Wireless operators turn an eye to the personal data business
BARCELONA—A company that owns a group of sports venues was approached by a large wireless carrier with an interesting proposition. The wireless company was already going to install a set of cell signal amplifiers in the stadiums, but the operator offered to also sell the stadium owner certain data about the people who were using the network in the stadium. The data would come from the databases of demographic and behavioral information the operator kept about its subscribers.
If the stadium operator knew certain facts about the people who were at the venue, it could know what ads and promotions to show to them during the game. If the stadium owner knew, for example, that 60 percent of the crowd were males in the 35 to 47 age range who had a tendency to shop for Ford trucks, the stadium might show Ford truck ads on the scoreboard, charging Ford megabucks to do so.
This is the new business that some in the wireless business believe represents the future for wireless operators, sources here in Barcelona tell me.
The phone company would essentially become a Big Data company that sells a certain unique package of data to anybody who could use it to target ads. Would-be customers include anyone from banks to websites to car dealerships.
The phone company might know, for example, the demographic data on the group of subscribers who drive on the interstate near a certain cell tower. The owner of the giant billboard sign sitting near that section of interstate, somebody like Gannett, could use that data to decide what ads to post there.
Wireless companies are in a unique position to gather a lot of personal information. We have our mobile phones on us almost all the time, and we do a lot of things on them that identify us and betray a lot about our tastes, habits and desires. As we carry our device around with us during the day, the phone company can track our locations very closely as we move from cell tower to cell tower in the network. This is just the stuff that advertisers and marketers crave, and they´ll pay a lot of money for it.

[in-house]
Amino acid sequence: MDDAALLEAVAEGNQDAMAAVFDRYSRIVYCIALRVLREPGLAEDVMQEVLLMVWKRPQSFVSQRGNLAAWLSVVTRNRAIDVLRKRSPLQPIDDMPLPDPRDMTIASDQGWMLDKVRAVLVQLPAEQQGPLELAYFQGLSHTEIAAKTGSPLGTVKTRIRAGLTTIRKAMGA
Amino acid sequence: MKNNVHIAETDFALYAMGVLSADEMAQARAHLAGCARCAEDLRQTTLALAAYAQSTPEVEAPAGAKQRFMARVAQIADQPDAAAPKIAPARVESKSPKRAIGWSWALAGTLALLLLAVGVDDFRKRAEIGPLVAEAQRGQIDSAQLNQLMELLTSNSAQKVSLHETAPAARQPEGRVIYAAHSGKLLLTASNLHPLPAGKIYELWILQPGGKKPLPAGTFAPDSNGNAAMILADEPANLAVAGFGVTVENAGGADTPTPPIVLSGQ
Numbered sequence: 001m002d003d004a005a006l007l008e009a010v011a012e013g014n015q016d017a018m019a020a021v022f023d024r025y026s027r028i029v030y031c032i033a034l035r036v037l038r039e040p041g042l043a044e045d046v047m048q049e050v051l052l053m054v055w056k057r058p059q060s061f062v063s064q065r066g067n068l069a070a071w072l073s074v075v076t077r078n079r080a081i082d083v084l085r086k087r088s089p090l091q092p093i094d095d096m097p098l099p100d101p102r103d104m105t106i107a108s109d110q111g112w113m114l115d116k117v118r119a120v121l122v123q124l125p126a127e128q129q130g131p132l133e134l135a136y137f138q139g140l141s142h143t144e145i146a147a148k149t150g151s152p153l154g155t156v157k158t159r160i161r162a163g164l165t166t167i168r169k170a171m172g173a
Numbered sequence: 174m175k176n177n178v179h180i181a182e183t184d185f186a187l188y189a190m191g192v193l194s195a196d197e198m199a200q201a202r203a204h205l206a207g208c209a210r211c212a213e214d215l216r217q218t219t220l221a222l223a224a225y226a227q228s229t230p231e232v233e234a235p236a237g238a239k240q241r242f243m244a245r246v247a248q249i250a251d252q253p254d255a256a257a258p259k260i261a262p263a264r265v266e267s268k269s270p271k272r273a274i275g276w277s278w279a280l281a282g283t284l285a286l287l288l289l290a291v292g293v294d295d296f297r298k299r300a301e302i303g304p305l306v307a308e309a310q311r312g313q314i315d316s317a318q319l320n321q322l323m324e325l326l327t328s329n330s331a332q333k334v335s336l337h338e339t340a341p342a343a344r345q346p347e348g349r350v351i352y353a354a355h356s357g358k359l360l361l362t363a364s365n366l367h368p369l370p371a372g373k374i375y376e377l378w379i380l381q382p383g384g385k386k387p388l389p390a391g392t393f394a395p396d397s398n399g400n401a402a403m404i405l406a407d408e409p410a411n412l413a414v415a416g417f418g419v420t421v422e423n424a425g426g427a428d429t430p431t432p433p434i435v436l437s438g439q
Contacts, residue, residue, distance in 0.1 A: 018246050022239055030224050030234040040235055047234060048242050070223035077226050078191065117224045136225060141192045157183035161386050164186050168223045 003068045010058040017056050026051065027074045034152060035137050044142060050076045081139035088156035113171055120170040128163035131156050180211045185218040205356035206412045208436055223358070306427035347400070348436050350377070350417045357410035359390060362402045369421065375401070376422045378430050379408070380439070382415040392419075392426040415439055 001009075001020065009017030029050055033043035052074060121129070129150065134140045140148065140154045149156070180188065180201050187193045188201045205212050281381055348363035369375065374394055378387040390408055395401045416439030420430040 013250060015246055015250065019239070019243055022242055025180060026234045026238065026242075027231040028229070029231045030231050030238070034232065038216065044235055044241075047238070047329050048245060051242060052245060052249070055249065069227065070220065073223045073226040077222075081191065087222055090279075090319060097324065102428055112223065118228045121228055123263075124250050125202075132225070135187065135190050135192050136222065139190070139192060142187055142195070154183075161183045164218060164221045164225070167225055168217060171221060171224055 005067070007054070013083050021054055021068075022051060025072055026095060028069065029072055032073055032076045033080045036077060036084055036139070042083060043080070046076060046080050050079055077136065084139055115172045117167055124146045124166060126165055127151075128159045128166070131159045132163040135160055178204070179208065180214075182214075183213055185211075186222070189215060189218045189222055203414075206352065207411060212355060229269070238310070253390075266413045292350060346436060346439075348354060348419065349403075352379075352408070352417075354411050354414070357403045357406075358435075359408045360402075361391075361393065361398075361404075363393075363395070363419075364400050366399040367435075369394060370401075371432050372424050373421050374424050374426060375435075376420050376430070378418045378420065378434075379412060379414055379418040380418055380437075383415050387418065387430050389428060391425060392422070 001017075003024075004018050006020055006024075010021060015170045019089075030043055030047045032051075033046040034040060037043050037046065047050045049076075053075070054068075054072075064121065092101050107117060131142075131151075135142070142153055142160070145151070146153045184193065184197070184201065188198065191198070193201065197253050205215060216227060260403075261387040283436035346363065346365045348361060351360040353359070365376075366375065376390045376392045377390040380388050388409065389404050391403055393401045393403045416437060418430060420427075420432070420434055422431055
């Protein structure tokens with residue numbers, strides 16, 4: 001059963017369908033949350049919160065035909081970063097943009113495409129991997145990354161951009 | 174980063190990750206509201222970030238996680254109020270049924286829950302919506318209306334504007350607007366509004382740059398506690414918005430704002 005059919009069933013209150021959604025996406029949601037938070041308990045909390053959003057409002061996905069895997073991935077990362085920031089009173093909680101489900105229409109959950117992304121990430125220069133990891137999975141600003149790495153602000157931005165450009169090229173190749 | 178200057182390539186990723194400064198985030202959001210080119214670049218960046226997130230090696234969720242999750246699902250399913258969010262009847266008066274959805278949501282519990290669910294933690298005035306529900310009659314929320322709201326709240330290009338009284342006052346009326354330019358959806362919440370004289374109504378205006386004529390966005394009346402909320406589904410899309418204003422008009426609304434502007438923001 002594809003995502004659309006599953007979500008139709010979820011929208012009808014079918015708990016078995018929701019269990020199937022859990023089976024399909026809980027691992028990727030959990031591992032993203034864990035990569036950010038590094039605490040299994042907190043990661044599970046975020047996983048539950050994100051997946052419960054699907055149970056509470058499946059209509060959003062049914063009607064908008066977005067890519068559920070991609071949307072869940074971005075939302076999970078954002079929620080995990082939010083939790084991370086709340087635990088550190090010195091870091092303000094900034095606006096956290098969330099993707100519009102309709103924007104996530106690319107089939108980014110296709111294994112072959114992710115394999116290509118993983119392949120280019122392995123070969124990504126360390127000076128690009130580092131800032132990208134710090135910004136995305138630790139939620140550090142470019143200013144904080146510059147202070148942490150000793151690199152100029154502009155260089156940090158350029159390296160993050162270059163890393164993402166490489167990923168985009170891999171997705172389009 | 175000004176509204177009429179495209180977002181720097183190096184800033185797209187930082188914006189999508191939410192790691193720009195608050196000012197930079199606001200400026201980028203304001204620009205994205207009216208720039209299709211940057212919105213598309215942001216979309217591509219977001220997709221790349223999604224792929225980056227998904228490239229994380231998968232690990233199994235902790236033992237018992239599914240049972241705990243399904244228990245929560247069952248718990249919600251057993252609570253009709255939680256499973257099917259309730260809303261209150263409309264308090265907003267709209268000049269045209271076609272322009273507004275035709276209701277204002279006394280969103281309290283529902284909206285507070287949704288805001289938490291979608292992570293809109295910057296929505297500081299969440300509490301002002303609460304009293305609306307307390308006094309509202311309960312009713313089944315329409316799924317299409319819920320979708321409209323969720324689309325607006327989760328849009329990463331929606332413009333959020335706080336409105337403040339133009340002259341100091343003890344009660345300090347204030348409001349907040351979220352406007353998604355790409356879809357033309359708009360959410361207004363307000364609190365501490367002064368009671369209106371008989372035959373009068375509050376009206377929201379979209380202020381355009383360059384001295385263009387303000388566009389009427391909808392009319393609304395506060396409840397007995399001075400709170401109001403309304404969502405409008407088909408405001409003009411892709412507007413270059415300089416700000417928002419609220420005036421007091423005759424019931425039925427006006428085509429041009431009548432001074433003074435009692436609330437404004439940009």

In the interactive advertising business, hundreds of big data companies collect their own special mix of personal preference and demographic data. An interactive ad agency might detect a pixel on your browser as you visit a site, then match that pixel with the one associated with a data set about you in some big data company´s database. Then the web advertiser knows who you are and what you like, and can target ads at you better.
This might be the wireless companies’ next big business. Both Sprint and Verizon have already started divisions that offer clients this sort of data. The carriers are taking a very measured approach to offering this sort of data, similar to what Web companies like Facebook and Google have done. They want to offer marketers meaningful and actionable data, but they don’t want to violate the privacy of their customers. So they sell data in an aggregated form that never identifies individual users by name, email address or IP address.
The carriers may need a new revenue line in the future. In the US, only the largest carriers are making large profits selling wireless broadband contracts and subsidized phones, but over-the-top voice, video and text service may eventually threaten those margins. These pressures increase the possibility that Big Data could be the next big thing for wireless companies.
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